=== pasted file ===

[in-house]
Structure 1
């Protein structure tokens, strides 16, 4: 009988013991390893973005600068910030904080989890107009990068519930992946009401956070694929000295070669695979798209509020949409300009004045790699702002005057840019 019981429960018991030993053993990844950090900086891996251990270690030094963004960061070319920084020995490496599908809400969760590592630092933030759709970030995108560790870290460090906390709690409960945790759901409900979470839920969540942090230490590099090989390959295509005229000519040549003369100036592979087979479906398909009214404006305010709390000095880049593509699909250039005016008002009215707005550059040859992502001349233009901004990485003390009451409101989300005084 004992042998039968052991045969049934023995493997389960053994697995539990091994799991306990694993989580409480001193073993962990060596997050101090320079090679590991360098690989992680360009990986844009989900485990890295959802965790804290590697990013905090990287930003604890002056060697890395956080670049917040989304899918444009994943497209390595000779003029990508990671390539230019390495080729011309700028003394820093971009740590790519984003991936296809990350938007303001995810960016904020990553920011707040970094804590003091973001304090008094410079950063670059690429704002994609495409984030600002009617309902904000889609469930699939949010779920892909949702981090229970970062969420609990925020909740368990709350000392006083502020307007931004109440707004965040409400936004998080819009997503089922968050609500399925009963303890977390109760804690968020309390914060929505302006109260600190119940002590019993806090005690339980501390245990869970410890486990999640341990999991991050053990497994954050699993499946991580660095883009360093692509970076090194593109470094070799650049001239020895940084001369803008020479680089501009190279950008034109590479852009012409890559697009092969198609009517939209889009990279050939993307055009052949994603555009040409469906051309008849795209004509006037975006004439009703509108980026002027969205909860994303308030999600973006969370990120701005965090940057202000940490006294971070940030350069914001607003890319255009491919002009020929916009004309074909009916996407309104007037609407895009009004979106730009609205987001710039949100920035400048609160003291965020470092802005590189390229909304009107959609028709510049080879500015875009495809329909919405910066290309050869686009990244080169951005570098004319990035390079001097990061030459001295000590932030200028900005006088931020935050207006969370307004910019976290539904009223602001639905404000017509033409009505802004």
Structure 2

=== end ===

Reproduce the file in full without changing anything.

[in-house]
Structure 1
């Protein structure tokens, strides 16, 4: 009988013991390893973005600068910030904080989890107009990068519930992946009401956070694929000295070669695979798209509020949409300009004045790699702002005057840019 019981429960018991030993053993990844950090900086891996251990270690030094963004960061070319920084020995490496599908809400969760590592630092933030759709970030995108560790870290460090906390709690409960945790759901409900979470839920969540942090230490590099090989390959295509005229000519040549003369100036592979087979479906398909009214404006305010709390000095880049593509699909250039005016008002009215707005550059040859992502001349233009901004990485003390009451409101989300005084 004992042998039968052991045969049934023995493997389960053994697995539990091994799991306990694993989580409480001193073993962990060596997050101090320079090679590991360098690989992680360009990986844009989900485990890295959802965790804290590697990013905090990287930003604890002056060697890395956080670049917040989304899918444009994943497209390595000779003029990508990671390539230019390495080729011309700028003394820093971009740590790519984003991936296809990350938007303001995810960016904020990553920011707040970094804590003091973001304090008094410079950063670059690429704002994609495409984030600002009617309902904000889609469930699939949010779920892909949702981090229970970062969420609990925020909740368990709350000392006083502020307007931004109440707004965040409400936004998080819009997503089922968050609500399925009963303890977390109760804690968020309390914060929505302006109260600190119940002590019993806090005690339980501390245990869970410890486990999640341990999991991050053990497994954050699993499946991580660095883009360093692509970076090194593109470094070799650049001239020895940084001369803008020479680089501009190279950008034109590479852009012409890559697009092969198609009517939209889009990279050939993307055009052949994603555009040409469906051309008849795209004509006037975006004439009703509108980026002027969205909860994303308030999600973006969370990120701005965090940057202000940490006294971070940030350069914001607003890319255009491919002009020929916009004309074909009916996407309104007037609407895009009004979106730009609205987001710039949100920035400048609160003291965020470092802005590189390229909304009107959609028709510049080879500015875009495809329909919405910066290309050869686009990244080169951005570098004319990035390079001097990061030459001295000590932030200028900005006088931020935050207006969370307004910019976290539904009223602001639905404000017509033409009505802004």
Structure 2